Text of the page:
Probably the biggest improvement here, however, is the longer duration of the clips - Animoji and Memoji recordings can now be up to 30 seconds long, which is more than enough to say your point and then some. You can even use all the Memoji - as well as the existing Animoji - as face overlays while recording videos inside the Messages app. Super cool!

Don't be so quick to dismiss this one as being childish or gimmicky - we know it's not such a major new feature, but it's tons of fun, and all of us at the office had a blast customizing our own Memojis and sending one another short clips. 

A fun feature, undoubtedly, and this makes it cool in our book.


Seems like Siri wasn't lying when it said it was about to get smarter. Siri will now be much more proactive and will try to learn your routines. After it does that, it will try to suggest shortcuts to apps or actions that would be useful at a certain time. Some actually useful things Siri will be able to do is nudge you to congratulate your grandma for her birthday. Another wildly intriguing new feature is Shortcuts, Apple's way of allowing you to customize voice commands. 

With Shortcuts, you will be able to program Siri to execute certain tasks when a predefined voice command is given. 

This is similar to what the Google Assistant has in tow and is super-useful in our own humble opinion. For example, you can have Siri show you the weather in your immediate vicinity by saying "Brief me up, Jarvis", or whatever you feel like. Thanks to the new Shortcuts API, developers can allow Siri to tap into frequently accessed and popular actions for their apps, making automation one even easier. 

But that's not everything that Siri is about to score. 

Translations from over 40 languages, nutritional facts, and password search are all coming to the Assistant, and while all of these are a joy to have, we have the subtle but prominent feeling that this simply isn't enough to bring it up on pair with Amazon's Alexa or the Google Assistant.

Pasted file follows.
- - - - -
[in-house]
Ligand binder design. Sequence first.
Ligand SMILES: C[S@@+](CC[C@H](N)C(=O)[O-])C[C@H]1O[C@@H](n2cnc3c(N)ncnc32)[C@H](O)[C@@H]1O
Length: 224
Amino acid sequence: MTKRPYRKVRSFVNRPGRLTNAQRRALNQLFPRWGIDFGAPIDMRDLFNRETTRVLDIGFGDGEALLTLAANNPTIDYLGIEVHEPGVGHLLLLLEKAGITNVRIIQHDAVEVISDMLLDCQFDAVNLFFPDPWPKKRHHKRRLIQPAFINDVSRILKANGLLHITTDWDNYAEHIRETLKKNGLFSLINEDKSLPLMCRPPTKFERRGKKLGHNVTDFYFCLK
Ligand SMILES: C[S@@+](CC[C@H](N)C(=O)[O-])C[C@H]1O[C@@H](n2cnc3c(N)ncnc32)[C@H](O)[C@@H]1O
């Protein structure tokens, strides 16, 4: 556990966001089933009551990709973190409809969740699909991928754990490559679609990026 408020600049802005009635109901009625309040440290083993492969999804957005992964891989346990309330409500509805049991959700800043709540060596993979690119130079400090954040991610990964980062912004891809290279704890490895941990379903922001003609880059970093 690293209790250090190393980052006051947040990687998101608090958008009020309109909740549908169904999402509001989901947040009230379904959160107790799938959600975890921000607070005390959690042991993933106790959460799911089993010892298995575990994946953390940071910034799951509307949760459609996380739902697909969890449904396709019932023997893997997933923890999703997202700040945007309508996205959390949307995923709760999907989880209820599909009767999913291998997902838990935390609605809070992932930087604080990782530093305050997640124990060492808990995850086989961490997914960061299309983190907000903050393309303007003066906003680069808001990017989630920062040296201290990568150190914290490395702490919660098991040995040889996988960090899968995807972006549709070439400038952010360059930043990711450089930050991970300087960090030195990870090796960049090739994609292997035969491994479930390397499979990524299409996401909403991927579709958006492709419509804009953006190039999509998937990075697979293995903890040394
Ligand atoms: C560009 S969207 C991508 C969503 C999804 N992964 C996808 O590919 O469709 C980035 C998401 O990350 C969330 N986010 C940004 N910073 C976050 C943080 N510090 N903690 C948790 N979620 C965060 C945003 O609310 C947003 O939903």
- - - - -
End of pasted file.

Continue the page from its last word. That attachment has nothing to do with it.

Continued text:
We'd have loved to see some improvements to the language recognition and speech output which still leave lots to be desired. 

Maybe next year, eh, Apple?

Grouped Notifications

Alongside dark mode, grouped notifications have been one of the most requested features for iOS, and Apple finally caved in. Say goodbye to the endless lists of similar notifications from one and the same app which are more than enough to make you lose your sanity; grouped notifications will arrive to alleviate the pain by bundling them all together in a neatly-packed bunch of notifications that can be expanded and minimized to the user's heartfelt content. 

The same applies to any individual notification, which can be freely managed, too. Although we are talking about betas here, the current implementation is good enough and appeals to our palates. It wouldn't be an overstatement to say that grouped notifications will probably end up being one of the most useful features introduced alongside with iOS 12.

Screen Time, Do Not Disturb 2.0, and you

Similar to Android's Dashboard, which aims to reduce the time you spend/waste time on your phone, Apple introduces Screen Time, a Do Not Disturb-like mode which allows you to limit your smartphone usage. You can set various limits daily, for example allow yourself only half an hour of social media or an hour of gaming. After said time has passed, your phone will try its best to restrict you from continuing your shenanigans, but you're the boss of it and can choose to ignore the warning.

ScreenTime even allows you to manage other devices set up with Family Sharing, this limiting your offspring from wasting too much time on that one blocky buidler game called Minecraft or your teenager from Snapchatting until the wee hours.

Another great new feature about Do Not Disturb allows you to mute notifications for a predefined amount of time, as long as it's for one hour, until the evening/morning, or until the user leaves the current location. Of course, the good ol' schedule is still alive and kicking.